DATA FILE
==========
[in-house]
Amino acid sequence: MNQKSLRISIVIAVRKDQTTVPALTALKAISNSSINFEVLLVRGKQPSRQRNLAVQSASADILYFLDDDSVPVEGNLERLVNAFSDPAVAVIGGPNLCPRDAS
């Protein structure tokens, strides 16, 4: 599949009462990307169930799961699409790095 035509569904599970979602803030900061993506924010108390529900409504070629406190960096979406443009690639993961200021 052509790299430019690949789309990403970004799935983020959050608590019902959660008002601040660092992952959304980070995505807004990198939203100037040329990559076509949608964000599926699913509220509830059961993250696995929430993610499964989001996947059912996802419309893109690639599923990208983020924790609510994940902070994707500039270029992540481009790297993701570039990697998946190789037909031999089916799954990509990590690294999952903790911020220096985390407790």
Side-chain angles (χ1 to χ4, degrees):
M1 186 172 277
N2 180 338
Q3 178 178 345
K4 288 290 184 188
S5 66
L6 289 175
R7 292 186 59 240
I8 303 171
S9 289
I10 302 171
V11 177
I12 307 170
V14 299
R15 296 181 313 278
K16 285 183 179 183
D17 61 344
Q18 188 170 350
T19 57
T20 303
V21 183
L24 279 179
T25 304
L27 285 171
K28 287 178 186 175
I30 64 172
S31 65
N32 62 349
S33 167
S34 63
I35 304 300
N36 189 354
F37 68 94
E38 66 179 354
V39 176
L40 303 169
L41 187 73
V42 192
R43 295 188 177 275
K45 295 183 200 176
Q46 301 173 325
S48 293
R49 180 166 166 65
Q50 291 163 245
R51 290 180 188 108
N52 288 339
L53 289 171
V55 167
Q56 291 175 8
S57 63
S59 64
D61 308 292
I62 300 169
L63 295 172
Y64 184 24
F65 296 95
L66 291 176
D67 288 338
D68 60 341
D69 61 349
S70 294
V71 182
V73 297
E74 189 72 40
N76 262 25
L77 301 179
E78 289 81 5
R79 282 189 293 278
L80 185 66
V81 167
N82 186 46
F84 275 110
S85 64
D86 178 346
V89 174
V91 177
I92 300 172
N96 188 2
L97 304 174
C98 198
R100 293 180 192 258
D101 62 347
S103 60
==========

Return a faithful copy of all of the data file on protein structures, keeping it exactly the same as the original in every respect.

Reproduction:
[in-house]
Amino acid sequence: MNQKSLRISIVIAVRKDQTTVPALTALKAISNSSINFEVLLVRGKQPSRQRNLAVQSASADILYFLDDDSVPVEGNLERLVNAFSDPAVAVIGGPNLCPRDAS
């Protein structure tokens, strides 16, 4: 599949009462990307169930799961699409790095 035509569904599970979602803030900061993506924010108390529900409504070629406190960096979406443009690639993961200021 052509790299430019690949789309990403970004799935983020959050608590019902959660008002601040660092992952959304980070995505807004990198939203100037040329990559076509949608964000599926699913509220509830059961993250696995929430993610499964989001996947059912996802419309893109690639599923990208983020924790609510994940902070994707500039270029992540481009790297993701570039990697998946190789037909031999089916799954990509990590690294999952903790911020220096985390407790």
Side-chain angles (χ1 to χ4, degrees):
M1 186 172 277
N2 180 338
Q3 178 178 345
K4 288 290 184 188
S5 66
L6 289 175
R7 292 186 59 240
I8 303 171
S9 289
I10 302 171
V11 177
I12 307 170
V14 299
R15 296 181 313 278
K16 285 183 179 183
D17 61 344
Q18 188 170 350
T19 57
T20 303
V21 183
L24 279 179
T25 304
L27 285 171
K28 287 178 186 175
I30 64 172
S31 65
N32 62 349
S33 167
S34 63
I35 304 300
N36 189 354
F37 68 94
E38 66 179 354
V39 176
L40 303 169
L41 187 73
V42 192
R43 295 188 177 275
K45 295 183 200 176
Q46 301 173 325
S48 293
R49 180 166 166 65
Q50 291 163 245
R51 290 180 188 108
N52 288 339
L53 289 171
V55 167
Q56 291 175 8
S57 63
S59 64
D61 308 292
I62 300 169
L63 295 172
Y64 184 24
F65 296 95
L66 291 176
D67 288 338
D68 60 341
D69 61 349
S70 294
V71 182
V73 297
E74 189 72 40
N76 262 25
L77 301 179
E78 289 81 5
R79 282 189 293 278
L80 185 66
V81 167
N82 186 46
F84 275 110
S85 64
D86 178 346
V89 174
V91 177
I92 300 172
N96 188 2
L97 304 174
C98 198
R100 293 180 192 258
D101 62 347
S103 60